Wisconsin board approves ballot access for SEP candidates

By our reporter
29 August 2012

Wisconsin’s Government Accountability Board decided Tuesday morning to place Socialist Equality Party presidential and vice presidential candidates Jerry White and Phyllis Scherrer on the state’s ballot in November. The decision came after a national and international campaign launched by the SEP.

Earlier this month, supporters of the SEP submitted 3,200 signatures to place White and Scherrer on the ballot, far more than the required 2,000. However, GAB elections specialist David Buerger initially announced that none of the signatures were valid because two of the ten electors on the petitions were listed in the wrong congressional district—due to the recent redistricting of the state. As a result, the petitions did not contain one elector in every district.

The same reasoning was given to argue that the Green Party candidates would also not be placed on the ballot. On Tuesday, the GAB also voted to approve a ballot line for the Green Party’s candidates.

Buerger’s initial recommendation ran directly counter to a 2004 Wisconsin Supreme Court decision ruling that district requirements for electors are not mandatory. The state’s requirement that nominees acquire electors to get on the ballot is itself an archaic and anti-democratic procedure related to the fact that elections are mediated through the electoral college.

The SEP waged an aggressive campaign against the initial decision, and supporters sent letters from throughout the US and internationally. At a recent meeting in Sri Lanka addressed by White, SEP supporters adopted a resolution calling for White and Scherrer to be placed on the ballot. The campaign also obtained legal counsel to argue its case.

GAB legal staff responded earlier this month by reversing its initial recommendation, and at Tuesday’s meeting it supported ballot access for the SEP and Green Party. The board voted unanimously for this position.

After the GAB decision, White issued a statement stating, “I welcome the decision of the Wisconsin Government Accountability Board to place my running mate Phyllis Scherrer and me on the ballot for the presidential elections in November. I would like to thank all those supporters who wrote in to the GAB to demand that this be done and all those who made donations to the campaign to help cover our costs.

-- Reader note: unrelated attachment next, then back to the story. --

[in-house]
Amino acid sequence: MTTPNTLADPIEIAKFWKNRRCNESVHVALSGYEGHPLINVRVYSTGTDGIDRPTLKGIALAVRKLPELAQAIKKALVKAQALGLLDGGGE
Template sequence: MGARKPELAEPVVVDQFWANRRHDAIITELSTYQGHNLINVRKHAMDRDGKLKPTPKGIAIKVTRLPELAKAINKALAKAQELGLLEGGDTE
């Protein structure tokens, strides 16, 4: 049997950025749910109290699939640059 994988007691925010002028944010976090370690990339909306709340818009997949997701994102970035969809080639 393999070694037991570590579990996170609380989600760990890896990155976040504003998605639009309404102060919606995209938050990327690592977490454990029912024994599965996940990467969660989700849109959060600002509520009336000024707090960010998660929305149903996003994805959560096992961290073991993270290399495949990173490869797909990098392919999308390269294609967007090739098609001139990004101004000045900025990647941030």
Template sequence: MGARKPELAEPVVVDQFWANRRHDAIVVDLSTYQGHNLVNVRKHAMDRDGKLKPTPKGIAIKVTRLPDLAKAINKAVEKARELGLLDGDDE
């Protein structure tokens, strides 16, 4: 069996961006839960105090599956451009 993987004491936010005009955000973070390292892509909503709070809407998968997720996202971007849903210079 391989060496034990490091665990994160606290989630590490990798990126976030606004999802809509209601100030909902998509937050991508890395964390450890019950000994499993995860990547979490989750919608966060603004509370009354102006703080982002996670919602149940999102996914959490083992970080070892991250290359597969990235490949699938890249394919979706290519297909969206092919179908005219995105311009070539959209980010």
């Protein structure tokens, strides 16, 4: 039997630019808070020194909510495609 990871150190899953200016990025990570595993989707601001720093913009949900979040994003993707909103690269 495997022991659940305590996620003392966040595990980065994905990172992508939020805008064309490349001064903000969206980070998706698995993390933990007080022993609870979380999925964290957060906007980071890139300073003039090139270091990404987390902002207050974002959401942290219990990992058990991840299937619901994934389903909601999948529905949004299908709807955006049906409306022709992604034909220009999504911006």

“While the final decision of the GAB is a victory for democratic rights, the whole process has cast a sharp light on the immense hurdles that are placed before parties that seek to challenge the monopoly of the Democrats and Republicans. The American population is effectively prevented from being able to voice its opposition to the pro-corporate policies of these two parties.

“Only after an aggressive campaign in opposition to this decision did the GAB staff reverse its position. SEP supporters were forced to expend significant time and money fighting the decision and getting two new electors.

“Wisconsin is not unique. States throughout the country make it nearly impossible for anyone without huge financial resources to qualify for ballot access. Some states require tens or even hundreds of thousands of signatures. The Democrats and Republicans, of course, are placed on the ballot automatically. The mass media meanwhile work to black out any discussion of a political alternative.

“The SEP denounces these ballot restrictions as a blatant attack on the most basic democratic right, the right to vote. We will continue to defend democratic rights through the only way such a defense can be successfully carried out—the independent political mobilization of the working class against the two big business parties and the capitalist system they defend.”

Nicholas, one of the electors in Wisconsin, said, “This decision represents a victory for democratic rights, but most importantly it represents a victory for the working class. The wide support that the SEP found in its ballot access campaign indicates the fertile ground that exists for the development of the political consciousness of workers and the building of genuine organizations of working class struggle. These are the tasks that the SEP must carry out moving forward in the election campaign and in its work around the world.”

Richard, an SEP supporter and elector responded to the decision by stating, “This is one small, but important step for the industrial proletariat!”

Dylan, a student and an elector, added, “The fact that the SEP succeeded at all despite all the roadblocks is very impressive. I am ecstatic!”

The mass demonstrations last year in Wisconsin gave expression to the widespread opposition to the attack on the working class overseen by both big business political parties. At the same time, the experience revealed the role of the Democratic Party, the trade unions and their supporters in seeking to contain this opposition within the existing political framework.

The SEP will wage a strong campaign in Wisconsin and throughout the US to build the party among workers and youth. For more information and to become involved, visit socialequality.com.

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